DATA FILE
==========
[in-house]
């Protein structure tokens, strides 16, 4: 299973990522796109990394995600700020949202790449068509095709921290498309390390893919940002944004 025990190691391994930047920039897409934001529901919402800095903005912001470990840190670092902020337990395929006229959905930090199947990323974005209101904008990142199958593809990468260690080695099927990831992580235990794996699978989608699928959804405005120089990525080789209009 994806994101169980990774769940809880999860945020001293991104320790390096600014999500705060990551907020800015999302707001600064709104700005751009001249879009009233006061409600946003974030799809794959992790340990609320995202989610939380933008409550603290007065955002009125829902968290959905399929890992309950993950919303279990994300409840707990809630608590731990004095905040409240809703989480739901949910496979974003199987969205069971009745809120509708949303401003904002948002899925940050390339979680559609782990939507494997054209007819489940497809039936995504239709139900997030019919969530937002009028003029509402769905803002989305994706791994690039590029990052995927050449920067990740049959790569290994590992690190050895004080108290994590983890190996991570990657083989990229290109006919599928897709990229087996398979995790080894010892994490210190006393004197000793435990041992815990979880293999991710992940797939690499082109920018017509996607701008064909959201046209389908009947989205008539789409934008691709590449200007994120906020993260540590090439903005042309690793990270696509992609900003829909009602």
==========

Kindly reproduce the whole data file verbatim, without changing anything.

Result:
[in-house]
């Protein structure tokens, strides 16, 4: 299973990522796109990394995600700020949202790449068509095709921290498309390390893919940002944004 025990190691391994930047920039897409934001529901919402800095903005912001470990840190670092902020337990395929006229959905930090199947990323974005209101904008990142199958593809990468260690080695099927990831992580235990794996699978989608699928959804405005120089990525080789209009 994806994101169980990774769940809880999860945020001293991104320790390096600014999500705060990551907020800015999302707001600064709104700005751009001249879009009233006061409600946003974030799809794959992790340990609320995202989610939380933008409550603290007065955002009125829902968290959905399929890992309950993950919303279990994300409840707990809630608590731990004095905040409240809703989480739901949910496979974003199987969205069971009745809120509708949303401003904002948002899925940050390339979680559609782990939507494997054209007819489940497809039936995504239709139900997030019919969530937002009028003029509402769905803002989305994706791994690039590029990052995927050449920067990740049959790569290994590992690190050895004080108290994590983890190996991570990657083989990229290109006919599928897709990229087996398979995790080894010892994490210190006393004197000793435990041992815990979880293999991710992940797939690499082109920018017509996607701008064909959201046209389908009947989205008539789409934008691709590449200007994120906020993260540590090439903005042309690793990270696509992609900003829909009602």